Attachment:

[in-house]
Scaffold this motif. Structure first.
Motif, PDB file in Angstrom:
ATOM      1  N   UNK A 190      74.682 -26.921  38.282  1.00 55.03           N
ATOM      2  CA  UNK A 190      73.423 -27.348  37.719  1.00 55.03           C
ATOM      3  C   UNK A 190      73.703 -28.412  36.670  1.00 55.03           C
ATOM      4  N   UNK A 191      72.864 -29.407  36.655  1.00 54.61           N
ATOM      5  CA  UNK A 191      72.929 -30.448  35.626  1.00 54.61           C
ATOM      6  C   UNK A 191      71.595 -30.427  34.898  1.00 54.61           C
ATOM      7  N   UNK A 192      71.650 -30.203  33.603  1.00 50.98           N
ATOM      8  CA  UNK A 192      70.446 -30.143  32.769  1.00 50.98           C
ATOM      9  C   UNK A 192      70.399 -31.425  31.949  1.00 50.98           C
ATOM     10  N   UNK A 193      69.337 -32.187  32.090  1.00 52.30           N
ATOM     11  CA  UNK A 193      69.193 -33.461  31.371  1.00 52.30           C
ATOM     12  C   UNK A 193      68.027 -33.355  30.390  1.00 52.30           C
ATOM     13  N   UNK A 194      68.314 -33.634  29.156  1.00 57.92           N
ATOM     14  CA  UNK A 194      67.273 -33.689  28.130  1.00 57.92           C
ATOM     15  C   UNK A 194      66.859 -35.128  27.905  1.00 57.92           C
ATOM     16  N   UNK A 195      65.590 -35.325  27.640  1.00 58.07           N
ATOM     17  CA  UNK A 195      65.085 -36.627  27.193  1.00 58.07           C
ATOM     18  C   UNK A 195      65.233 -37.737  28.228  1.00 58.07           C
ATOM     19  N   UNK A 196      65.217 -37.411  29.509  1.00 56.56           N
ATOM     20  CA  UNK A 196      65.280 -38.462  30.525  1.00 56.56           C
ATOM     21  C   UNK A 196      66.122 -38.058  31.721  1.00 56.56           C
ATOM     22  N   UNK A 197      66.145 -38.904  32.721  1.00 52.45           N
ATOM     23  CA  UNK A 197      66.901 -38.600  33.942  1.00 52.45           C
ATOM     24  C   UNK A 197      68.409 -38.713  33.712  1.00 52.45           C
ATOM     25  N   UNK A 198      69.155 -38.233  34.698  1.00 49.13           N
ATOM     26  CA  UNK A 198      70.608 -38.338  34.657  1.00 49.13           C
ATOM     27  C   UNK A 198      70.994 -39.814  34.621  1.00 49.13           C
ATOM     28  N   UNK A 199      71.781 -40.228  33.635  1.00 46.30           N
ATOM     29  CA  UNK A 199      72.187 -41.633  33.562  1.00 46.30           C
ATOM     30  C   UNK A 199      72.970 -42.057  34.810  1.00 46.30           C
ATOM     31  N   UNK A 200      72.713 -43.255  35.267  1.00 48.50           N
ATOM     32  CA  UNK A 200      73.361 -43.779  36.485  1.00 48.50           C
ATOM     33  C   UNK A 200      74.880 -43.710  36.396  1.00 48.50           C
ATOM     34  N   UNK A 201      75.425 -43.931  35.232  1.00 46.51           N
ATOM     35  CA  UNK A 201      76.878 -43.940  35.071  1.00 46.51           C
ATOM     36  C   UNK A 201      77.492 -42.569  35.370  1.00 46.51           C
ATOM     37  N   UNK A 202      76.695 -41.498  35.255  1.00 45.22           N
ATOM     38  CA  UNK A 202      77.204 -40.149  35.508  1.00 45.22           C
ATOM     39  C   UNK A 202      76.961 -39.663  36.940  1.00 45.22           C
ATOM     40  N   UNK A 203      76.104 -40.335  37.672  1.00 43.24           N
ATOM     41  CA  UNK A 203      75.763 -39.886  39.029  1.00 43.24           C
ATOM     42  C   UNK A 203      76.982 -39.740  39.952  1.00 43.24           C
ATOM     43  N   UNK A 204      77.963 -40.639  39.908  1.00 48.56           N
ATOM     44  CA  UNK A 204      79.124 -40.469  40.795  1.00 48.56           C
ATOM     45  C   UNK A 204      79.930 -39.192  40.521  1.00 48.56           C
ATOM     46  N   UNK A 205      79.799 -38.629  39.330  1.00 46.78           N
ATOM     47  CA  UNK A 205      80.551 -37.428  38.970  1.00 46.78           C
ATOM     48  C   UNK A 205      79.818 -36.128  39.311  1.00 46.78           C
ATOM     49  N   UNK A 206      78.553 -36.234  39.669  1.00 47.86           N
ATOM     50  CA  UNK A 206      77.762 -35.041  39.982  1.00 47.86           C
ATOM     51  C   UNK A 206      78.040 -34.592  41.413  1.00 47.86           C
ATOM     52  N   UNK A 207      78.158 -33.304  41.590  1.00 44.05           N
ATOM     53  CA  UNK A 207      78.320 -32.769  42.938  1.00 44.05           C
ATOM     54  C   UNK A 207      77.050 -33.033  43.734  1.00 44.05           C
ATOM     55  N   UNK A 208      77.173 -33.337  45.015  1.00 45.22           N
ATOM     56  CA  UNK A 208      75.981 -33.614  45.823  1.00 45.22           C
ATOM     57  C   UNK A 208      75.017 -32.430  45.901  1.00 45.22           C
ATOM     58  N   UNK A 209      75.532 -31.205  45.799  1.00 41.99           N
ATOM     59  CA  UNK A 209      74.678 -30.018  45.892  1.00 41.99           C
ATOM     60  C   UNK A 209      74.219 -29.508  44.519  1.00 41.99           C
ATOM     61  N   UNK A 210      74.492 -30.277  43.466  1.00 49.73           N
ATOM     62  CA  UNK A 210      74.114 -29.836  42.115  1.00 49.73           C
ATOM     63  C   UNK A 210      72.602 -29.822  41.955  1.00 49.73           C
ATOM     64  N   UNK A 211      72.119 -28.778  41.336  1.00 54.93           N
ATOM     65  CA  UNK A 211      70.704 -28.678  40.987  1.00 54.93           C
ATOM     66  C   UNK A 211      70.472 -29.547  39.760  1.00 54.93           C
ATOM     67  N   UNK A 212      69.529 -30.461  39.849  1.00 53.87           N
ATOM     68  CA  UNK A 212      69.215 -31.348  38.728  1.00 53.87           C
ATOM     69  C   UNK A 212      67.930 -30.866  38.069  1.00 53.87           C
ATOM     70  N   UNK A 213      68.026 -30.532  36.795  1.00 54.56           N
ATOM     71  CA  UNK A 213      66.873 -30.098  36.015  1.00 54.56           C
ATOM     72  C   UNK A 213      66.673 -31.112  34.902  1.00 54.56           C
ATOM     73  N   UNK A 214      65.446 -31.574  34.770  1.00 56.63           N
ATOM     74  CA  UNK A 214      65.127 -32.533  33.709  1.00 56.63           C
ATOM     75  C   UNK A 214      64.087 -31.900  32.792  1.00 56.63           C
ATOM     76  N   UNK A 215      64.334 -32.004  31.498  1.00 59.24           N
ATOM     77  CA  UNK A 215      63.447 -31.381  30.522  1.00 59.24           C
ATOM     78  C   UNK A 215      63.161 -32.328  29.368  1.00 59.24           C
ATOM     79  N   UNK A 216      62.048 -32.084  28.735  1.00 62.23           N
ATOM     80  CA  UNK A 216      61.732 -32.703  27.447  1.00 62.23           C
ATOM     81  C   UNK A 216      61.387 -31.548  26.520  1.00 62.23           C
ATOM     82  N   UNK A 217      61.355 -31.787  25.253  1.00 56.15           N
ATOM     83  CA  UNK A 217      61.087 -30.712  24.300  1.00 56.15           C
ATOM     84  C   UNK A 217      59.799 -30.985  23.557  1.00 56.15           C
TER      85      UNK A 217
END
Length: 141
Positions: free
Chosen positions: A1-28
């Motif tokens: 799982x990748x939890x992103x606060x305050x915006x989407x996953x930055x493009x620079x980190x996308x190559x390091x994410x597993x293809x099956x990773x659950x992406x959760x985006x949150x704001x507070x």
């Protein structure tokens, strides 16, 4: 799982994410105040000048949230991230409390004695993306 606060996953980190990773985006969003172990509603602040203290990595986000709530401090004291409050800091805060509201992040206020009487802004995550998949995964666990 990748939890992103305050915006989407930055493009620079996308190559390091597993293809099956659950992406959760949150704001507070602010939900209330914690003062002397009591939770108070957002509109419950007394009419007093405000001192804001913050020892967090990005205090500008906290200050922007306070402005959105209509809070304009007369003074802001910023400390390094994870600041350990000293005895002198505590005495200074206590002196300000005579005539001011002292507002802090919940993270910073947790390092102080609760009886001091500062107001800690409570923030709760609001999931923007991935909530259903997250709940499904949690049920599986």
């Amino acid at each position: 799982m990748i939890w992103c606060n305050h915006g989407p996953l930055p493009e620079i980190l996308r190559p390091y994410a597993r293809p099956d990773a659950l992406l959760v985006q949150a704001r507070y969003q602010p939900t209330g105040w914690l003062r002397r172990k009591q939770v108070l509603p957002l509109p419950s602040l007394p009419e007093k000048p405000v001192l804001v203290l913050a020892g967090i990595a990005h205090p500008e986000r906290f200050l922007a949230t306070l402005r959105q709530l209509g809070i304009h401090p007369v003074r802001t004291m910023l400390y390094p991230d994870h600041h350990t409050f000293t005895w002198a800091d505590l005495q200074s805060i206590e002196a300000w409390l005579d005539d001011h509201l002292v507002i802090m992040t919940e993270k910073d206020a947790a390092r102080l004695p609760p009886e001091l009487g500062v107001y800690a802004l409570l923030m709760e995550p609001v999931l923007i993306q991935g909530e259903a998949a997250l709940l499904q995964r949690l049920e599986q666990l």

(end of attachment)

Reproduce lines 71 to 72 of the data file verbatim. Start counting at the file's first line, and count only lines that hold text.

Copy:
ATOM     68  CA  UNK A 212      69.215 -31.348  38.728  1.00 53.87           C
ATOM     69  C   UNK A 212      67.930 -30.866  38.069  1.00 53.87           C